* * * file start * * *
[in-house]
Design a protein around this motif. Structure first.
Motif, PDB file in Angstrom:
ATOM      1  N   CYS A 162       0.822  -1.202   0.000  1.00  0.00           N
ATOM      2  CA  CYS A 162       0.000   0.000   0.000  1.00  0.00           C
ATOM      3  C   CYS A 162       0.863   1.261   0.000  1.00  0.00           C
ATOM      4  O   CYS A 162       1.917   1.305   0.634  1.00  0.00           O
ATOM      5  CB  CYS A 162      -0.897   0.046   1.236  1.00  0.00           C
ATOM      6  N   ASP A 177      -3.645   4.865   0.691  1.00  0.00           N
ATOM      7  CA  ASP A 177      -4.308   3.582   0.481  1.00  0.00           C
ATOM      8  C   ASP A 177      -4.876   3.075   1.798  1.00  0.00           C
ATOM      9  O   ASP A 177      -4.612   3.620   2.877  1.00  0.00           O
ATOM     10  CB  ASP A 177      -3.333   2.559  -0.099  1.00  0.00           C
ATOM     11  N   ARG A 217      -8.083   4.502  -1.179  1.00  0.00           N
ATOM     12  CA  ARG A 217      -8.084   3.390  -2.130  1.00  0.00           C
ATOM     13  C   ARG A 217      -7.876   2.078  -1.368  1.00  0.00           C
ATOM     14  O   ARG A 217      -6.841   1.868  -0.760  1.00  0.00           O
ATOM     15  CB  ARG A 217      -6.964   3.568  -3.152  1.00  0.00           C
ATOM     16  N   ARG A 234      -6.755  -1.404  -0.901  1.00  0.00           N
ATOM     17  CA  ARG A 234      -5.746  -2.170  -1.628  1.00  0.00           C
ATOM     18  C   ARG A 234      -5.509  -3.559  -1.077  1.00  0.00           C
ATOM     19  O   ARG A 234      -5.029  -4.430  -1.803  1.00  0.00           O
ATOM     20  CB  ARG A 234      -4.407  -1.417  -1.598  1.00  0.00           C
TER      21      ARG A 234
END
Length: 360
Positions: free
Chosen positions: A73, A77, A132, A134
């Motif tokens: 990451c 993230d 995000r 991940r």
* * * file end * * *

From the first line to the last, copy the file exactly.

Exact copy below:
[in-house]
Design a protein around this motif. Structure first.
Motif, PDB file in Angstrom:
ATOM      1  N   CYS A 162       0.822  -1.202   0.000  1.00  0.00           N
ATOM      2  CA  CYS A 162       0.000   0.000   0.000  1.00  0.00           C
ATOM      3  C   CYS A 162       0.863   1.261   0.000  1.00  0.00           C
ATOM      4  O   CYS A 162       1.917   1.305   0.634  1.00  0.00           O
ATOM      5  CB  CYS A 162      -0.897   0.046   1.236  1.00  0.00           C
ATOM      6  N   ASP A 177      -3.645   4.865   0.691  1.00  0.00           N
ATOM      7  CA  ASP A 177      -4.308   3.582   0.481  1.00  0.00           C
ATOM      8  C   ASP A 177      -4.876   3.075   1.798  1.00  0.00           C
ATOM      9  O   ASP A 177      -4.612   3.620   2.877  1.00  0.00           O
ATOM     10  CB  ASP A 177      -3.333   2.559  -0.099  1.00  0.00           C
ATOM     11  N   ARG A 217      -8.083   4.502  -1.179  1.00  0.00           N
ATOM     12  CA  ARG A 217      -8.084   3.390  -2.130  1.00  0.00           C
ATOM     13  C   ARG A 217      -7.876   2.078  -1.368  1.00  0.00           C
ATOM     14  O   ARG A 217      -6.841   1.868  -0.760  1.00  0.00           O
ATOM     15  CB  ARG A 217      -6.964   3.568  -3.152  1.00  0.00           C
ATOM     16  N   ARG A 234      -6.755  -1.404  -0.901  1.00  0.00           N
ATOM     17  CA  ARG A 234      -5.746  -2.170  -1.628  1.00  0.00           C
ATOM     18  C   ARG A 234      -5.509  -3.559  -1.077  1.00  0.00           C
ATOM     19  O   ARG A 234      -5.029  -4.430  -1.803  1.00  0.00           O
ATOM     20  CB  ARG A 234      -4.407  -1.417  -1.598  1.00  0.00           C
TER      21      ARG A 234
END
Length: 360
Positions: free
Chosen positions: A73, A77, A132, A134
């Motif tokens: 990451c 993230d 995000r 991940r």